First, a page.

Probation as Felon or 12 Months in Jail?

Probation as Felon or 12 Months in Jail?

Joseph Bleich sentenced to two years probation on felony; William Chandler Greene to serve 12 months in jail for misdemeanor.

Joseph Lawrence Bleich won't spend any time in jail for being a convicted felon, but he'll be haunted by his crime for the rest of his life, said his attorney Preston Burton.

Bleich was the first of five Reston teenagers to be sentenced in the counterfeit conspiracy by former South Lakes High School students.

Although Bleich faced up to five years in federal prison last Friday in U.S. District Court in Alexandria, Judge James C. Cacheris sentenced him to two years probation and 100 hours of community service. Bleich must also submit to regular drug and alcohol tests.

The ramifications of Bleich’s crime, however, will extend far beyond the next two years.

"This punishment has resonated and it is something that will haunt him for the rest of his life," Burton said.

BLEICH JUST COMPLETED his freshman year at James Madison University with a 3.5 GPA, but he was turned down recently from a grounds keeping job because of his felony conviction, Burton said.

Bleich’s rejection from the summer job could be a hint of things to come for the former varsity athlete and honor roll student. His felony conviction will likely preclude him from the best jobs, and he can no longer vote in Virginia or carry a firearm.

"The impact of this situation has very much registered with him," Burton said.

Bleich pleaded guilty in early February to "conspiracy to counterfeit securities and obligations of the United States."

A year earlier, when he was a senior at South Lakes High School, Bleich and a classmate, David Alexander Post, 19, printed $4,000 in fake $20 bills to buy marijuana at a West Virginia concert, according to court documents.

Upon returning to Reston, the teens sold $400 worth of the fake $20 bills to fellow South Lakes students.

After the counterfeit bills were used at a Reston 7-Eleven convenience store and at the Silver Diner, Fairfax County Police and the U.S. Secret Service opened an investigation that led to the arrests of Bleich, Post, Douglas McLaughlin-Williams, 19, John Adam Blake, 19, and William Chandler Greene, 19.

AT HIS SENTENCING Friday, Bleich's voice cracked as he said he takes full responsibility for his role in the counterfeiting conspiracy.

"I have no excuses," he said. "I want to say sorry to the government, this court, my community and, most importantly, to my family."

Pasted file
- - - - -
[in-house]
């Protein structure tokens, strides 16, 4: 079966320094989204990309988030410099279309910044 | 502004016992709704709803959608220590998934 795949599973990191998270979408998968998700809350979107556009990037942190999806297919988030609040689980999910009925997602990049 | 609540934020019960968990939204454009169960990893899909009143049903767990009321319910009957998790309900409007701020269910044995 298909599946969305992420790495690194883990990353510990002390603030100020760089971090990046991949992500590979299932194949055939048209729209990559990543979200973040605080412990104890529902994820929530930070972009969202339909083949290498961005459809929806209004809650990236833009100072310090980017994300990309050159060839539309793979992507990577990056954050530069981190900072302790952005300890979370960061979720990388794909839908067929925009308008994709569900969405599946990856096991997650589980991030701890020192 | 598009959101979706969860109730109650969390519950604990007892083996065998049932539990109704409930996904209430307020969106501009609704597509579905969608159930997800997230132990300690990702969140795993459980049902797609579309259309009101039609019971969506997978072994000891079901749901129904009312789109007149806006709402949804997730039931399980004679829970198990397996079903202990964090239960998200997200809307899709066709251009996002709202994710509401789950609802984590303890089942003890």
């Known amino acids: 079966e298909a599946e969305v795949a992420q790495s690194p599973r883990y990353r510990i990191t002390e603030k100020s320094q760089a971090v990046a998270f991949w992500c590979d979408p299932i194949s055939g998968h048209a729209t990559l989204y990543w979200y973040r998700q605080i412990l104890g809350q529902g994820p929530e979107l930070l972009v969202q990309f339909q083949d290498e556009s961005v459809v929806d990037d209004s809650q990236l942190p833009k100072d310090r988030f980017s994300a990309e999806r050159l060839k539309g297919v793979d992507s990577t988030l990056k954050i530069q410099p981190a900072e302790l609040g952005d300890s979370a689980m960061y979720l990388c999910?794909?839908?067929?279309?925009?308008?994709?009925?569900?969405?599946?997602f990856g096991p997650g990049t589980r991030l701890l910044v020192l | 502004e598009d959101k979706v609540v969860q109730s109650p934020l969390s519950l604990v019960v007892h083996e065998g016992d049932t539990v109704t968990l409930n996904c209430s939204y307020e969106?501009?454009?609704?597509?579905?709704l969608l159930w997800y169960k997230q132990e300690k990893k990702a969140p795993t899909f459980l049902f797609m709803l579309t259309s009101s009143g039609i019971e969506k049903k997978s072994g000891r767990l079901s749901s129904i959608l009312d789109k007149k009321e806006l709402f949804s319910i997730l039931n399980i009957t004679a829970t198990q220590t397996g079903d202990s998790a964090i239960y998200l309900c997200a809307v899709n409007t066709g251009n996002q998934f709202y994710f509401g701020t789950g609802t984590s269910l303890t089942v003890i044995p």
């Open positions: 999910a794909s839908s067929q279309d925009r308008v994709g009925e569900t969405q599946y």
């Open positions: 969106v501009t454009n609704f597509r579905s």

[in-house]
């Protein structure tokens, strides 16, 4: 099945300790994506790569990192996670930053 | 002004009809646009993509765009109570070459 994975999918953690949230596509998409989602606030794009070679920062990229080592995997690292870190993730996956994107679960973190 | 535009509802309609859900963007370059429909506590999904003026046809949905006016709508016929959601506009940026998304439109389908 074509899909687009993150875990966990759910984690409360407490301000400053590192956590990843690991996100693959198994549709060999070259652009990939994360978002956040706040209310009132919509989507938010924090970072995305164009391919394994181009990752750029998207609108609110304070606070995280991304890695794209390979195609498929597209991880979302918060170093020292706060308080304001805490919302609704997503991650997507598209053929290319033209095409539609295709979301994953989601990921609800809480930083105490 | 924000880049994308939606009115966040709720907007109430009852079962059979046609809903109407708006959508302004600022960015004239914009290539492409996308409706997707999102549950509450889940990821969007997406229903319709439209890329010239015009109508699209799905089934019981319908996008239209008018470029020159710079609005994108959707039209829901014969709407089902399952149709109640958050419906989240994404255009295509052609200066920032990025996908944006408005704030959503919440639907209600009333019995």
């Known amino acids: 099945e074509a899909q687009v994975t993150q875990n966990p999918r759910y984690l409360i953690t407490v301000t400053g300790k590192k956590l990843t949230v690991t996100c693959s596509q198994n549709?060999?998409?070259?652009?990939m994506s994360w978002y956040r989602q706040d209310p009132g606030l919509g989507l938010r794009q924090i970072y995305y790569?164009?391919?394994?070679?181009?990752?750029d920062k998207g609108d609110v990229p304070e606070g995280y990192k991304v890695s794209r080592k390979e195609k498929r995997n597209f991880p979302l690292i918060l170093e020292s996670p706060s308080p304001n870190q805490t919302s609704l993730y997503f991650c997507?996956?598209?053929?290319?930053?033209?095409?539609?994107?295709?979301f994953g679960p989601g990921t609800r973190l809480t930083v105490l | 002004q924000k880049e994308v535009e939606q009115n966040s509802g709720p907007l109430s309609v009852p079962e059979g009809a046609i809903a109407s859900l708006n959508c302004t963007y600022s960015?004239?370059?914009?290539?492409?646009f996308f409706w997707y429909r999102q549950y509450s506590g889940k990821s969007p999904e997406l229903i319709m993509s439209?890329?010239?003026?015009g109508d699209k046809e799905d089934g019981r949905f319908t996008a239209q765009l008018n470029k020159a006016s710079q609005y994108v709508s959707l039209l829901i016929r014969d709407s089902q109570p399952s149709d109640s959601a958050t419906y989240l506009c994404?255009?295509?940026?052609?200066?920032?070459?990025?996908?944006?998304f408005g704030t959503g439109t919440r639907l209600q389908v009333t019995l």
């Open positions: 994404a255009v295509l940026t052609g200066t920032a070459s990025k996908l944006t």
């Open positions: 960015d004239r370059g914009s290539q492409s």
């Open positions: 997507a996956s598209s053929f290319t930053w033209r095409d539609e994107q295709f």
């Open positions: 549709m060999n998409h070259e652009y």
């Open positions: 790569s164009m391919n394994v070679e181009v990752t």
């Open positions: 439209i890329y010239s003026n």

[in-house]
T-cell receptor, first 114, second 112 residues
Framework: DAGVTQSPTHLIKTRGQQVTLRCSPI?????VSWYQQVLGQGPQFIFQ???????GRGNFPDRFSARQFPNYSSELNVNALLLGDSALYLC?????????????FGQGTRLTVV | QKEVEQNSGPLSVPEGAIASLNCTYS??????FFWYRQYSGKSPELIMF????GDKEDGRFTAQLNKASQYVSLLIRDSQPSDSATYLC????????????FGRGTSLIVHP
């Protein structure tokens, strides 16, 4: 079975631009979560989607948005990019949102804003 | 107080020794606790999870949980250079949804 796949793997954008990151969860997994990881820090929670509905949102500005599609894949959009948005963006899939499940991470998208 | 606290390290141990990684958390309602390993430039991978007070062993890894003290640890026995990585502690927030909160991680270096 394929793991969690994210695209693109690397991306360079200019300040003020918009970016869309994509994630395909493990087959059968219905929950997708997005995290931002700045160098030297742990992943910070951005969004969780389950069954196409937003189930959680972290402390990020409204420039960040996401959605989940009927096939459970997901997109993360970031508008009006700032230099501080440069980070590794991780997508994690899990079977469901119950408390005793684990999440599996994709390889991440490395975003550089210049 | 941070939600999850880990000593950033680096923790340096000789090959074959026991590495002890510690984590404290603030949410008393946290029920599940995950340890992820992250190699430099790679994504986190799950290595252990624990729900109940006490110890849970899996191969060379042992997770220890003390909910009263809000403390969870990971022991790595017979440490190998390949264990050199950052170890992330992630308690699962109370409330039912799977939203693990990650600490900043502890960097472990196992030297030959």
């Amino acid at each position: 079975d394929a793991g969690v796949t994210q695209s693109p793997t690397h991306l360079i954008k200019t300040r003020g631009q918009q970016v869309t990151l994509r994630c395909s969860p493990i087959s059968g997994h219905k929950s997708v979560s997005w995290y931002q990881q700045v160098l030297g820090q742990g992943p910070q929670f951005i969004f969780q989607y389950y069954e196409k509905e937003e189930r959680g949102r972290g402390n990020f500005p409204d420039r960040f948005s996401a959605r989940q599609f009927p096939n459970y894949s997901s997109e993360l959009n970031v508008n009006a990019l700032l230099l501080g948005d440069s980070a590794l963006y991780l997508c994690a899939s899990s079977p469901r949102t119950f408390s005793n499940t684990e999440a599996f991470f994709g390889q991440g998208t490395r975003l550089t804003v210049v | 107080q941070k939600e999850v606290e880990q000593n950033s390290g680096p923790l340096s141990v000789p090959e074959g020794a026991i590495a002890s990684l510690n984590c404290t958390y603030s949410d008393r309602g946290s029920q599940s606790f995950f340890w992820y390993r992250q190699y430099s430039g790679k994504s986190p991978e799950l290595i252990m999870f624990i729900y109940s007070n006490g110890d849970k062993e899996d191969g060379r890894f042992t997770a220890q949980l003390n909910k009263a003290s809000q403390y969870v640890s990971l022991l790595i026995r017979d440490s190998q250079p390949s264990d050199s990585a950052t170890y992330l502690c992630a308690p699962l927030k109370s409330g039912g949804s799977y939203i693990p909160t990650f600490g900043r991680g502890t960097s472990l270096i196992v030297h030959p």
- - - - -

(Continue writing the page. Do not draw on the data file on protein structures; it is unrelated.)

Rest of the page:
Judge Cacheris, calling the counterfeiting scheme a "lark," told Bleich that his youthful mistake will stay with him forever.

"I am sure you’ve questioned yourself 100 times," Cacheris said. "I hope that you’ll be able to take this incident and turn it into some good through community service."

Cacheris sentenced Bleich to a year less than the three years of probation recommended by Assistant U.S. Attorney Morris Parker. Also, Cacheris declined to impose the prosecution’s recommendation that Bleich be restricted from socializing with his co-conspirators.

Apart from the ramifications of the felony conviction, the case has damaged the friendship between the teenagers charged in the case. Although some are still friends, the use of one teenager’s testimony against another has taken its toll on a once-tight circle of friends, Burton said. Bleich was on hand to testify when Blake pleaded guilty March 3 in Fairfax County court.

"Joe regards at least some of them still as friends," Burton said.

COUNTERFEITING CASES in which fake bank notes are produced with a scanner and computer printer are on the rise, according to the U.S. Secret Service website, but it is unusual for such a case to make it before a federal or state judge, said Burton.

Burton said U.S. Attorney Paul McNulty should have used more discretion in the case because the conspiracy was a mistake by a group of teenagers, not a major counterfeiting operation committed by criminal masterminds.

"It’s unfortunate when young people exercise poor judgment that young people do," Burton said. "But I am more concerned when prosecutors do not appreciate just what these mistakes were — mistakes."